Lawrence Township Fire Station
Before: The Lawrence Township Fire Station was originally a brick-and-block structure that needed renovation to house a new fire engine.
After: Post-frame building technology transformed the old building into a larger, more modern facility.
Lawrence Township, MI needed to retrofit their old brick and block fire station to house a new fire engine. “Winter was rapidly approaching,” recalled builder Glen Thomsen.
Thomsen considered using block and steel. But, given the cold weather and the longer building processes of both, the project would have taken an estimated six to eight weeks longer than with post frame.
“It would have been impossible to secure masons on such short notice to complete the addition with block. Post frame was the only type of structure that could be erected within the short amount of time given for completion,” he noted.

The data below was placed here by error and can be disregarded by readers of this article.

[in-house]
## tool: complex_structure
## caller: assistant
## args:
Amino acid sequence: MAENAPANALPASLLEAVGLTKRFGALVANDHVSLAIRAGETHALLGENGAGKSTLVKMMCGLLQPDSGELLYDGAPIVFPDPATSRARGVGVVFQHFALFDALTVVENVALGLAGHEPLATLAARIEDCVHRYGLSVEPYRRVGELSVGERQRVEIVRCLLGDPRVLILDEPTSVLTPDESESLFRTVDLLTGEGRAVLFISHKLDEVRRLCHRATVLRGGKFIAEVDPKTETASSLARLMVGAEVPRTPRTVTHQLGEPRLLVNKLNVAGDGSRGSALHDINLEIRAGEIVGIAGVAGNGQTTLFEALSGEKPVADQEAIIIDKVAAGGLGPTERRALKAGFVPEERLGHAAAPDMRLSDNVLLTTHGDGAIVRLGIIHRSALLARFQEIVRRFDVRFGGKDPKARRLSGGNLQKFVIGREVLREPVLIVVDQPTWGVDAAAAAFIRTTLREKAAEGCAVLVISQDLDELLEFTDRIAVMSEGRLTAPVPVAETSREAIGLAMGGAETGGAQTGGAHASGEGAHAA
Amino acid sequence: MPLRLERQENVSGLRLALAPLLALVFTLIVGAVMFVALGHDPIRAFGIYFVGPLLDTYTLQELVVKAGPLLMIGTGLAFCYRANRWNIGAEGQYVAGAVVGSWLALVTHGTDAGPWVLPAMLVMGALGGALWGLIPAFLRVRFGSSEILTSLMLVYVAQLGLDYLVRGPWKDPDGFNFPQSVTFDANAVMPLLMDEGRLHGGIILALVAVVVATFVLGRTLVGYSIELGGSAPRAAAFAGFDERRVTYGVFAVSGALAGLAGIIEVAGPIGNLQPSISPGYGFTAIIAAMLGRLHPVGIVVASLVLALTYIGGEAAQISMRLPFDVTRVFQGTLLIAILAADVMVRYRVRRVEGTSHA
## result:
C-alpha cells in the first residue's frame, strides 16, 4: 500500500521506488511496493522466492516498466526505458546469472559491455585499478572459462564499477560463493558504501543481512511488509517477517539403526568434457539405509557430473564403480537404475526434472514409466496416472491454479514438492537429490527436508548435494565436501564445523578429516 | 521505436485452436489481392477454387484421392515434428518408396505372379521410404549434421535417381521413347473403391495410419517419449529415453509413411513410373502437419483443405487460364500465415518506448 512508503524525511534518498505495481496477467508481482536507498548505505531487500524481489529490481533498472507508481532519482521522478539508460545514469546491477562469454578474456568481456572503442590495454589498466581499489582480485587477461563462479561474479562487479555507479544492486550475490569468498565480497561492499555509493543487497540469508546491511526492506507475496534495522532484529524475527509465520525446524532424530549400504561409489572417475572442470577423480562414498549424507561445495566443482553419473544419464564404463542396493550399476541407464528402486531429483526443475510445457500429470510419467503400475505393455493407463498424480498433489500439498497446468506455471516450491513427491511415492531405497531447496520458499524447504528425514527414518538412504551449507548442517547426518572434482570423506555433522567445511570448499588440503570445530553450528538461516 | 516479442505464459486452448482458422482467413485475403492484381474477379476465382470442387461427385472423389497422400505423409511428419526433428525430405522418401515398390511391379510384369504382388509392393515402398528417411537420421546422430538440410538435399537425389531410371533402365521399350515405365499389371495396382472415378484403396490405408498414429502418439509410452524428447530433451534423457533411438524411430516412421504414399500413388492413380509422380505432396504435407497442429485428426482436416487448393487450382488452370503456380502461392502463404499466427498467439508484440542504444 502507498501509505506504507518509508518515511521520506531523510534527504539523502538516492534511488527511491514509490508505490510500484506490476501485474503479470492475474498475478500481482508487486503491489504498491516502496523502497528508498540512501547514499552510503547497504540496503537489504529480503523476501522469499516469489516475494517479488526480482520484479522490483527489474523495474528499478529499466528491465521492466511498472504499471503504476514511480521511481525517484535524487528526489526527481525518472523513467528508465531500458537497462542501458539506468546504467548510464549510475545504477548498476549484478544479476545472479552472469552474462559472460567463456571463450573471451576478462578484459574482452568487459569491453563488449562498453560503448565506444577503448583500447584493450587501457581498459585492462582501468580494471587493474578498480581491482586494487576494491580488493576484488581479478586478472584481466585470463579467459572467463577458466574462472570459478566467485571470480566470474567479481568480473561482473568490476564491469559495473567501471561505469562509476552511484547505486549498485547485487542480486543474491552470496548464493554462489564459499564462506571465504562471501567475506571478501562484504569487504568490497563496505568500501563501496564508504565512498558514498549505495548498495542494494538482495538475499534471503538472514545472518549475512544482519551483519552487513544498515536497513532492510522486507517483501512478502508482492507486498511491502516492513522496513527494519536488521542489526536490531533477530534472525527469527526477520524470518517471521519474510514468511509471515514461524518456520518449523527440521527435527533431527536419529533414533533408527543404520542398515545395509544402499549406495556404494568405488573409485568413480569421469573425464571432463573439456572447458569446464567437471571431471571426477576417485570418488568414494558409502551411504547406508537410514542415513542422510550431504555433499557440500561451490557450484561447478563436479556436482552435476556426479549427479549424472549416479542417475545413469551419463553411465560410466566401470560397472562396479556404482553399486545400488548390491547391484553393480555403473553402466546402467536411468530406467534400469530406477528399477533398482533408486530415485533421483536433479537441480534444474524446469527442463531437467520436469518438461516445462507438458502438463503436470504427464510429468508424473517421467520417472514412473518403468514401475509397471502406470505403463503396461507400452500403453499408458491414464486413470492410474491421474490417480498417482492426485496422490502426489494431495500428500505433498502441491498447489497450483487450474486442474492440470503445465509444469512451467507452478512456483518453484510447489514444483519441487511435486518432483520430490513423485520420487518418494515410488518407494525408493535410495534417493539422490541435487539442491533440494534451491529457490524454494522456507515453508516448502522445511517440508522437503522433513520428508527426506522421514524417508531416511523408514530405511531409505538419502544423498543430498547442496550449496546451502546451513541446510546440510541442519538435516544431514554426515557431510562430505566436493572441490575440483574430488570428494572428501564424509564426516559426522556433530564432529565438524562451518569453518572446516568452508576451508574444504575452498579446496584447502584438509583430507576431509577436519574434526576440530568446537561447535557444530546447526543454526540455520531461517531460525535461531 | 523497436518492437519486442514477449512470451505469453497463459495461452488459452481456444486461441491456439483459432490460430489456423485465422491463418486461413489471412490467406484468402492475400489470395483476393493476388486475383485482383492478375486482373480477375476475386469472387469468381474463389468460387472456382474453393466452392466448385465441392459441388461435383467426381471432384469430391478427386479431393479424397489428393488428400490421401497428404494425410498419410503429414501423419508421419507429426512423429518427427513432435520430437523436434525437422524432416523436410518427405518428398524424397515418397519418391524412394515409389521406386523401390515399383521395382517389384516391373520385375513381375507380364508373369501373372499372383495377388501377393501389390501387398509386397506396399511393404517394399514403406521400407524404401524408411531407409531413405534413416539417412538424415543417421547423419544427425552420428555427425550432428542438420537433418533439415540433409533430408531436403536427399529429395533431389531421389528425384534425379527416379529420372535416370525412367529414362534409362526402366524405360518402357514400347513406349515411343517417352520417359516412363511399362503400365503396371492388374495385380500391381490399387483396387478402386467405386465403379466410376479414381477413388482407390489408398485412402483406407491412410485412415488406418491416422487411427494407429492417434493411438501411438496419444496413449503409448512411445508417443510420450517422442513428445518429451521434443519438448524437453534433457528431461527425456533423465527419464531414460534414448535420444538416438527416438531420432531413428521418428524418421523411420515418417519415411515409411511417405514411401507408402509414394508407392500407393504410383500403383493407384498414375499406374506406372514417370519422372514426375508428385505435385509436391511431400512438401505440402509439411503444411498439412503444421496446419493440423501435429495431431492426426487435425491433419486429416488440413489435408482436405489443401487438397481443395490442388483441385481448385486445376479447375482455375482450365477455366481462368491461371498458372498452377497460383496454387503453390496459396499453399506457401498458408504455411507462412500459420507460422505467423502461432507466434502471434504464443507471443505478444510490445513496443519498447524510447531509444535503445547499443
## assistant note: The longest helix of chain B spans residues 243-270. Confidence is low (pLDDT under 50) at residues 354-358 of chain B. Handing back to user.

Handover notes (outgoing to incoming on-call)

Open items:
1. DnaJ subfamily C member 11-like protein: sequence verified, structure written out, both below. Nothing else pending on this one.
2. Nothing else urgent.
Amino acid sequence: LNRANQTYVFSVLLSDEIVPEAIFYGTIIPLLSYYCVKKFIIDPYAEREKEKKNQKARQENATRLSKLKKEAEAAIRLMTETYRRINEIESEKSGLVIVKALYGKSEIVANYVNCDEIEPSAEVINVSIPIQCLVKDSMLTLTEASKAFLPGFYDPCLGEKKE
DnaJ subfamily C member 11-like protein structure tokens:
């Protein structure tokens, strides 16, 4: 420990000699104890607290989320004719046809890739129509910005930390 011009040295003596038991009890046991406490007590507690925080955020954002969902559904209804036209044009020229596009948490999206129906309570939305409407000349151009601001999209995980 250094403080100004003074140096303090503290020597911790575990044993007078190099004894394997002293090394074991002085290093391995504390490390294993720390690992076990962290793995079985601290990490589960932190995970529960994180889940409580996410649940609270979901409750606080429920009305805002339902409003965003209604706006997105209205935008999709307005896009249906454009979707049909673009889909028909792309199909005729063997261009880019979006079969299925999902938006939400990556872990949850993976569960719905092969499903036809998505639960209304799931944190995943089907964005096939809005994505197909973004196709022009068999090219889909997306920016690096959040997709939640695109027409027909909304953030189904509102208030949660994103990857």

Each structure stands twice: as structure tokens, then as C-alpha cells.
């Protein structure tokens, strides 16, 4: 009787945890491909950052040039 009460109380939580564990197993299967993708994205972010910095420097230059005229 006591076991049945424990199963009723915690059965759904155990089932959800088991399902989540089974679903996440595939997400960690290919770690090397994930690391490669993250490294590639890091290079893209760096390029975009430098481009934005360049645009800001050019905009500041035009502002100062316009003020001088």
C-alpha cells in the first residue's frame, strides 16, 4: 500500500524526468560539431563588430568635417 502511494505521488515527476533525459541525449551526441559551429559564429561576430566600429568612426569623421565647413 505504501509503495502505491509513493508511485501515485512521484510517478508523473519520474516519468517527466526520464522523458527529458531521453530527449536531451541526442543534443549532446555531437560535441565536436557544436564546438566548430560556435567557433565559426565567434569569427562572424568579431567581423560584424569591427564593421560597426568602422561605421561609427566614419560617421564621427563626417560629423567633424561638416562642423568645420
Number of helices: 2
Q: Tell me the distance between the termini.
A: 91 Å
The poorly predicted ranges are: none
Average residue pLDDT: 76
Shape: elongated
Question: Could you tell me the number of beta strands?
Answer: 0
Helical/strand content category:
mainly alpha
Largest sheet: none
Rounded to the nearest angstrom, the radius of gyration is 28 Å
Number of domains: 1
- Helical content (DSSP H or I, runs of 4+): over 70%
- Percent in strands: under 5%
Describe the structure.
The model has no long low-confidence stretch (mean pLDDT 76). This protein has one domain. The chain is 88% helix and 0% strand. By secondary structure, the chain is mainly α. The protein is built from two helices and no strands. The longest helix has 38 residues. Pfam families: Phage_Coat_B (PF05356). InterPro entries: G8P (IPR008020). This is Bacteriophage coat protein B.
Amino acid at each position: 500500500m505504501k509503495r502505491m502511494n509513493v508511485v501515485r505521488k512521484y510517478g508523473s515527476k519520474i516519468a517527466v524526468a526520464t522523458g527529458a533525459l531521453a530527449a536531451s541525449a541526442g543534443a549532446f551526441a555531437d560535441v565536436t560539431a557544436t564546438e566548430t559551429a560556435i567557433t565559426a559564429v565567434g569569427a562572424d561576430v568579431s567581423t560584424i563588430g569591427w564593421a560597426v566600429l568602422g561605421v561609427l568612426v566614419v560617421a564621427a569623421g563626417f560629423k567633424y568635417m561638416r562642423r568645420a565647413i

“With the extended fabrication and construction time and the higher costs of labor and materials for steel or block and brick construction,” Thomsen continued, “we estimated that the post-frame structure would cost almost half as much as either of those other alternatives.”
With the help of an architect, the existing fire station and the new addition were seamlessly merged into one structure that was more attractive than the original block and brick structure. They extended the trusses from the new structure to make it look like one new building, incidentally solving their recurring problems with leakage from the flat roof on the original structure.
Not only did the new post-frame structure eliminate a leaky roof, it also allowed the builders to attain the required R-value, “…which we surpassed,” said Thomsen, “with a final rating of 30. The best R-value we could have achieved using block would have been a 4.”
The project was a success. The community was thrilled with the improved appearance, competitive cost and improved energy efficiency of the building.
“We could have selected any of a number of construction techniques for the project, but post frame made by far the most sense.” Thomsen concluded, “We couldn’t have done it as economically and quickly with any other type of permanent construction.”